Parisi I
Francesco Parisi (Ed)
The Oxford Handbook of Law and Economics: Volume 1: Methodology and Concepts New York 2017

The author or concept searched is found in the following 10 controversies.
Disputed term/author/ism Author Vs Author
Aristotle Lewis Vs Aristotle IV 42
Essence/essentialism/LewisVsAristotle: essences of things are only secured to the extent that they are counterpart relations. And the counterpart relations are not very secure! >Counterparts/Lewis, >Counterpart Relation/Lewis, >Counterpart Theory/Lewis. This is due to the weaknesses of the similarity relation.
Similarity/Lewis: problems:
1. Which aspects should count?
2. Which weights are assigned to the individual aspects?
3. What should be the minimum similarity that will be counted?
4. To what extent are candidates eliminated from the competition for the strongest similarity?
Vagueness: concerns the counterpart relation and thus the essence and modality of the general.
Conclusion: it is difficult to say anything wrong about essences at all.
IV 43
a) extreme position: a suitable context may provide an anti-essentialist counterpart relation - one in which everything is counterpart to everything, and nothing has an essence worth mentioning. Or: Hazen: we could thus divide things into species and assume a counterpart relation according to which everything is counterpart to everything of its kind.
Then the essence would simply be identical with the species.
LewisVs: that would violate postulate P5: no thing may have a counterpart within its world.
b) other extreme: hyper-essentialistic counterpart relation: nothing has a counterpart except itself. Then, according to P2, nothing has extra-worldly counterparts and nothing has accidental characteristics!

Lewis I
David K. Lewis
Die Identität von Körper und Geist Frankfurt 1989

Lewis I (a)
David K. Lewis
An Argument for the Identity Theory, in: Journal of Philosophy 63 (1966)
Die Identität von Körper und Geist, Frankfurt/M. 1989

Lewis I (b)
David K. Lewis
Psychophysical and Theoretical Identifications, in: Australasian Journal of Philosophy 50 (1972)
Die Identität von Körper und Geist, Frankfurt/M. 1989

Lewis I (c)
David K. Lewis
Mad Pain and Martian Pain, Readings in Philosophy of Psychology, Vol. 1, Ned Block (ed.) Harvard University Press, 1980
Die Identität von Körper und Geist, Frankfurt/M. 1989

Lewis II
David K. Lewis
"Languages and Language", in: K. Gunderson (Ed.), Minnesota Studies in the Philosophy of Science, Vol. VII, Language, Mind, and Knowledge, Minneapolis 1975, pp. 3-35
Handlung, Kommunikation, Bedeutung, Georg Meggle Frankfurt/M. 1979

Lewis IV
David K. Lewis
Philosophical Papers Bd I New York Oxford 1983

Lewis V
David K. Lewis
Philosophical Papers Bd II New York Oxford 1986

Lewis VI
David K. Lewis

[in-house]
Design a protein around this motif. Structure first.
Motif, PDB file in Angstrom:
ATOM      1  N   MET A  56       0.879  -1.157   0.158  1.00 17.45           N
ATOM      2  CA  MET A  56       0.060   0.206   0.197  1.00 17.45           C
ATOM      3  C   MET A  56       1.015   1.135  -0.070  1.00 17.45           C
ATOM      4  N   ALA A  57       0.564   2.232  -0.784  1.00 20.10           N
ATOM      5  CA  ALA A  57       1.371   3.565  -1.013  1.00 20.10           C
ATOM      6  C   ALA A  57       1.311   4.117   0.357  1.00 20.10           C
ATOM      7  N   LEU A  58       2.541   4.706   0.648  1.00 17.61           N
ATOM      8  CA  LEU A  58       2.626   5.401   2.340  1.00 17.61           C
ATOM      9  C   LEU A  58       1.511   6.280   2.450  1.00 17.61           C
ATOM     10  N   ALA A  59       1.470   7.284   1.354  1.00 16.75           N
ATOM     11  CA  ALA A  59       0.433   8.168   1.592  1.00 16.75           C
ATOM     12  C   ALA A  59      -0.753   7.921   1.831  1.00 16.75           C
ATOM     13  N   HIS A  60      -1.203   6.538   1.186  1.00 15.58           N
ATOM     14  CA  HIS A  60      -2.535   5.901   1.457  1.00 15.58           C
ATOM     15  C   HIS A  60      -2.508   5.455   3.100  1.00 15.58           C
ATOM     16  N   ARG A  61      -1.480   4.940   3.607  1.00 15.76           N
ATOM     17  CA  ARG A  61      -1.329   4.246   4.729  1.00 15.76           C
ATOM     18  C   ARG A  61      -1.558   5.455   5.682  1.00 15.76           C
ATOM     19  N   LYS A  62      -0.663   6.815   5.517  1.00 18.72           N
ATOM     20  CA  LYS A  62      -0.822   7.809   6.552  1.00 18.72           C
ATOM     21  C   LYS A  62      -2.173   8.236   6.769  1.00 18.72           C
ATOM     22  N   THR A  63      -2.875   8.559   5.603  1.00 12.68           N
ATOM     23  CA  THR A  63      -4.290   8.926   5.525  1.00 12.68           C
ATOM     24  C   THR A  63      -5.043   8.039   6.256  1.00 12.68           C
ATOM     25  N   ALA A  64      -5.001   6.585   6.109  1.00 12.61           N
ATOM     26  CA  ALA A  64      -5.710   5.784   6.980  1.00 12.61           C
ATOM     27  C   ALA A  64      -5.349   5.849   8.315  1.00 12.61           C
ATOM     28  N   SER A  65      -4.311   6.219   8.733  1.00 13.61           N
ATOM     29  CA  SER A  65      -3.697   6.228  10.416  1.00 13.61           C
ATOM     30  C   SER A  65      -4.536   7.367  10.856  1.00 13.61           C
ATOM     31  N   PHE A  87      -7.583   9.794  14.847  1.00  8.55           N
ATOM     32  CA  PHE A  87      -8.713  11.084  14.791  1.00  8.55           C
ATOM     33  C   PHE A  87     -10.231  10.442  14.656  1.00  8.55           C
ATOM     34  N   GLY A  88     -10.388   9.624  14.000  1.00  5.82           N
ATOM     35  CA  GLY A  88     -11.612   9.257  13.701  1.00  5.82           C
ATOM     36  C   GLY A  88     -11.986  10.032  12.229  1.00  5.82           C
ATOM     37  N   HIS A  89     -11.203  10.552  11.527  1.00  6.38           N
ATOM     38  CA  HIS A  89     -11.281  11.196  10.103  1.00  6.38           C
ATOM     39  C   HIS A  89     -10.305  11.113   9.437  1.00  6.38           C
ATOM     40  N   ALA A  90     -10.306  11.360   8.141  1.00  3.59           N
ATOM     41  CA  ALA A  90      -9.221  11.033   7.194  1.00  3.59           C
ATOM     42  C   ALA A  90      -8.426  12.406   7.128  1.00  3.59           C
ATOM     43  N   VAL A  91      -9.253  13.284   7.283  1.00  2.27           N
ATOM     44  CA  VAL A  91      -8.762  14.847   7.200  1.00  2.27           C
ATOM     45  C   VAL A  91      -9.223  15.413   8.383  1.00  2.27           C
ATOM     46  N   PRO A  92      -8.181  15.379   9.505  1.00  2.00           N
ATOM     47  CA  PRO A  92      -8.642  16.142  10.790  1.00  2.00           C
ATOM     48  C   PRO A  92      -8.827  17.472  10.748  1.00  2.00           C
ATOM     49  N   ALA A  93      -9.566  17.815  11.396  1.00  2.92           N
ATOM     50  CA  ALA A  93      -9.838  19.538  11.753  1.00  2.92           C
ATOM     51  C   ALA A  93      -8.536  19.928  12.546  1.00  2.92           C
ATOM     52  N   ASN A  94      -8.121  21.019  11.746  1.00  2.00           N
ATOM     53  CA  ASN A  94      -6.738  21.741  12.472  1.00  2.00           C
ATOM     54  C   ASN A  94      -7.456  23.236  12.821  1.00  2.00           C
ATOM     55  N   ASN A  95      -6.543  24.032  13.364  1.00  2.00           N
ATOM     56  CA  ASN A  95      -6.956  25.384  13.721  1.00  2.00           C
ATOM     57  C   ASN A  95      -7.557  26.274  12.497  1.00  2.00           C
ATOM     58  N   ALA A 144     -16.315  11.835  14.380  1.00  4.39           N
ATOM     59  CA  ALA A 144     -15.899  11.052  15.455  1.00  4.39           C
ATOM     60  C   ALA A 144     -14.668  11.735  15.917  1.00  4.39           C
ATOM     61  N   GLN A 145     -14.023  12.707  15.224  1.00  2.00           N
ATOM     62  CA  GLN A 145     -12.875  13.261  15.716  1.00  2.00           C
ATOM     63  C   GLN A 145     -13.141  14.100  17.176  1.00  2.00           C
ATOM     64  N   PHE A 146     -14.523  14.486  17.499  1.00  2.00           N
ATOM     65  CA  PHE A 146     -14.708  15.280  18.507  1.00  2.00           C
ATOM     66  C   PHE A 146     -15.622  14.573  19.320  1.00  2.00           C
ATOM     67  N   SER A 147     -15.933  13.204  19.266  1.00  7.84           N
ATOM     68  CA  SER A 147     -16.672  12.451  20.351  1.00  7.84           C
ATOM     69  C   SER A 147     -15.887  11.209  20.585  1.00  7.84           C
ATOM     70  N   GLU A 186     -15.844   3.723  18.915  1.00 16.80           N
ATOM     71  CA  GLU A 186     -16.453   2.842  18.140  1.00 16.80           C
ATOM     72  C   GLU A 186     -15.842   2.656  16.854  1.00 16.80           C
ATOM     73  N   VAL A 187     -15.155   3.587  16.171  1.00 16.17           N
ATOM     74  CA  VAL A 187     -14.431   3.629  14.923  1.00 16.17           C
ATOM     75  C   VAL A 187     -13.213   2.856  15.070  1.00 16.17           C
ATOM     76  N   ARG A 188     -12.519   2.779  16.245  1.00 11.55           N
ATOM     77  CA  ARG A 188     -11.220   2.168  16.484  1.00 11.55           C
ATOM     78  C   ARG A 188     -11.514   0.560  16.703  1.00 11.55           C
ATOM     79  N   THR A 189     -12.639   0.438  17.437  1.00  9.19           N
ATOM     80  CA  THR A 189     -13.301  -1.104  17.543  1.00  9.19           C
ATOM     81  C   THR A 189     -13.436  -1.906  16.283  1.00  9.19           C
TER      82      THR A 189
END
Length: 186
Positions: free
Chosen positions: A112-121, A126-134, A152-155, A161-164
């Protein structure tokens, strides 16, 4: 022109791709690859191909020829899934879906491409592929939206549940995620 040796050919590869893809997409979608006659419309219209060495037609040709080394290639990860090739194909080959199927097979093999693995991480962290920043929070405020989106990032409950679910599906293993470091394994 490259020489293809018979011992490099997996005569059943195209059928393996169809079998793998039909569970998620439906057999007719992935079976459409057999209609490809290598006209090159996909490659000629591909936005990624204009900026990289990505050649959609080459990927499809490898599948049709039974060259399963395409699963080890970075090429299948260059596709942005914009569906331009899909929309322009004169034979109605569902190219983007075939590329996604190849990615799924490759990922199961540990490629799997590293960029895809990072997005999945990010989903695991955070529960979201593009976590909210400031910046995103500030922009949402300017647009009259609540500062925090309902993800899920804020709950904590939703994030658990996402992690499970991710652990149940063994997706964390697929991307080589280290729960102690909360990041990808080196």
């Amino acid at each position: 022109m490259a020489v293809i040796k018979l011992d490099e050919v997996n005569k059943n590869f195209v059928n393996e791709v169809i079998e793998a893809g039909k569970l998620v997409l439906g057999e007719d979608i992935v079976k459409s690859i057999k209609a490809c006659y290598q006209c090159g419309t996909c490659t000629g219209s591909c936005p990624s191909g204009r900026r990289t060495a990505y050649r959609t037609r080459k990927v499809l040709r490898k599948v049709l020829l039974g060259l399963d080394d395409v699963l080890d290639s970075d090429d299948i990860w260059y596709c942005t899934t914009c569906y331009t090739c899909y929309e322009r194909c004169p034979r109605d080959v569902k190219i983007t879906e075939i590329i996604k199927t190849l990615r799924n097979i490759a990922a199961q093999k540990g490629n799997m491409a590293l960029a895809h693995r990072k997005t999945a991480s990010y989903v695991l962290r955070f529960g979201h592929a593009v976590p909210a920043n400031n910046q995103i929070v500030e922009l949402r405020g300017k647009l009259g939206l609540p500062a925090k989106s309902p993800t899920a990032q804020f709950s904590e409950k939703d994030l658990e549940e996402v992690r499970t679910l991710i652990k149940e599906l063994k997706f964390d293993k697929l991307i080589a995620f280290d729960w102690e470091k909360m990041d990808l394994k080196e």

Convention. A Philosophical Study, Cambridge/MA 1969
German Edition:
Konventionen Berlin 1975

Clarence Irving Lewis
Collected Papers of Clarence Irving Lewis Stanford 1970

LewisCl I
Clarence Irving Lewis
Mind and the World Order: Outline of a Theory of Knowledge (Dover Books on Western Philosophy) 1991
Frankl. V. Nozick Vs Frankl. V. II 579
Death/Nozick: it is often assumed that our mortality is a particular problem for the meaning of life. Why? Would this problem not exist if life were infinite?
Life/Infinite/Victor Frankl: Thesis: it is death himself who gives meaning to life.
Suppose we had an infinite life: then we could legitimately postpone all our actions forever. It would be of no consequence whether we do something now or later. It might then happen that someone voluntarily ends their life to give it meaning. Scientists who discovered a remedy for immortality would probably keep it secret.
((s) Vs: (similar to above): this possible world is so far away from us, and the description is so general and vague that it is hard to say anything about it and hardly any conclusions can be drawn from it: would we not need anything to eat then, would we not need to work for it? Would we not need breathe regularly and would we not stumble into certain conflict situations? Would immortality make our bodies so different that the physiology became incomparable and thus our way of life then would not be comparable to our life now? Would there be no competition for finite resources therefore?)
Nozick: perhaps other things would be won that would outweigh the loss of meaning?
Frankl/Nozick: our only desire is to get certain things done.
II 580
Nozick: also: if we had an infinite life, we could look at it as a whole, as something we could shape ((s) Does infinity not prevent that?. NozickVsFrankl: does not seem to be in question whether infinity did not eliminate the meaning of God's existence!
Frankl: just general assumption that restrictions and pre-existing structures are necessary to operate a meaningful organization or store things (in vessels).
NozickVsFrankl: even if that were true, death is only one way of limitation, sonatas and sonnets have different restrictions.
Death: why should we think that the bad thing about death is the good which it ends, and not the good that it prevents from happening? E.g. a child dies three minutes after birth.
II 581
Why does it bother us that after death an infinite amount of time will pass in which we do not exist? Death/Epicurus: is not bad for someone who lives, because this is not dead, and not bad for someone who is dead, because the dead no longer exist.